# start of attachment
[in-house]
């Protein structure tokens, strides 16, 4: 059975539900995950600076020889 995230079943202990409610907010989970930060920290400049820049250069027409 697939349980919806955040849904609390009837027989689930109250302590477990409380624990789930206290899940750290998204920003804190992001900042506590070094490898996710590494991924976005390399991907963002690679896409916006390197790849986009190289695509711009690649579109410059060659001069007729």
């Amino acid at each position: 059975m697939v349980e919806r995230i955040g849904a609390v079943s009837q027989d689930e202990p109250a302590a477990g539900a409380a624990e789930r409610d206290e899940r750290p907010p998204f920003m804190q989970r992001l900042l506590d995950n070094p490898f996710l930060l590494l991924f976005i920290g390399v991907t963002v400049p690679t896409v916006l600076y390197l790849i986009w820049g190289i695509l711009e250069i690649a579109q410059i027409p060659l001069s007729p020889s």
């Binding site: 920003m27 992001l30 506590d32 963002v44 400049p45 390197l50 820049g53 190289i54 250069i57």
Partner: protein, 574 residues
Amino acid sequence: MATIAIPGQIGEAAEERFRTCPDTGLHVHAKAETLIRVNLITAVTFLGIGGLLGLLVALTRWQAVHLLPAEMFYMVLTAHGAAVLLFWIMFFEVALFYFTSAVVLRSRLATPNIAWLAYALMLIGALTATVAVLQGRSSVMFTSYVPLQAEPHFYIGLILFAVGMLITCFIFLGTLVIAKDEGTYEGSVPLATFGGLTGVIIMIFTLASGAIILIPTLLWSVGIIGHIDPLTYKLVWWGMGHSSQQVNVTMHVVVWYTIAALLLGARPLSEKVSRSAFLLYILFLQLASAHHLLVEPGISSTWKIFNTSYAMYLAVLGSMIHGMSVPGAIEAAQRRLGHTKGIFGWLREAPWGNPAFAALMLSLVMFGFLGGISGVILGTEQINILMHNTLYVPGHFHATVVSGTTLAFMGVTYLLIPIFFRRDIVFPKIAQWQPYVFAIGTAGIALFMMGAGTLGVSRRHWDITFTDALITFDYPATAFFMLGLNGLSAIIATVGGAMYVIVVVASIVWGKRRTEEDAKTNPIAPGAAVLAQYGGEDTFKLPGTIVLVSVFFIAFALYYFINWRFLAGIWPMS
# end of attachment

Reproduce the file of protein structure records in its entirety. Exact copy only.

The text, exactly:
[in-house]
């Protein structure tokens, strides 16, 4: 059975539900995950600076020889 995230079943202990409610907010989970930060920290400049820049250069027409 697939349980919806955040849904609390009837027989689930109250302590477990409380624990789930206290899940750290998204920003804190992001900042506590070094490898996710590494991924976005390399991907963002690679896409916006390197790849986009190289695509711009690649579109410059060659001069007729």
């Amino acid at each position: 059975m697939v349980e919806r995230i955040g849904a609390v079943s009837q027989d689930e202990p109250a302590a477990g539900a409380a624990e789930r409610d206290e899940r750290p907010p998204f920003m804190q989970r992001l900042l506590d995950n070094p490898f996710l930060l590494l991924f976005i920290g390399v991907t963002v400049p690679t896409v916006l600076y390197l790849i986009w820049g190289i695509l711009e250069i690649a579109q410059i027409p060659l001069s007729p020889s």
């Binding site: 920003m27 992001l30 506590d32 963002v44 400049p45 390197l50 820049g53 190289i54 250069i57």
Partner: protein, 574 residues
Amino acid sequence: MATIAIPGQIGEAAEERFRTCPDTGLHVHAKAETLIRVNLITAVTFLGIGGLLGLLVALTRWQAVHLLPAEMFYMVLTAHGAAVLLFWIMFFEVALFYFTSAVVLRSRLATPNIAWLAYALMLIGALTATVAVLQGRSSVMFTSYVPLQAEPHFYIGLILFAVGMLITCFIFLGTLVIAKDEGTYEGSVPLATFGGLTGVIIMIFTLASGAIILIPTLLWSVGIIGHIDPLTYKLVWWGMGHSSQQVNVTMHVVVWYTIAALLLGARPLSEKVSRSAFLLYILFLQLASAHHLLVEPGISSTWKIFNTSYAMYLAVLGSMIHGMSVPGAIEAAQRRLGHTKGIFGWLREAPWGNPAFAALMLSLVMFGFLGGISGVILGTEQINILMHNTLYVPGHFHATVVSGTTLAFMGVTYLLIPIFFRRDIVFPKIAQWQPYVFAIGTAGIALFMMGAGTLGVSRRHWDITFTDALITFDYPATAFFMLGLNGLSAIIATVGGAMYVIVVVASIVWGKRRTEEDAKTNPIAPGAAVLAQYGGEDTFKLPGTIVLVSVFFIAFALYYFINWRFLAGIWPMS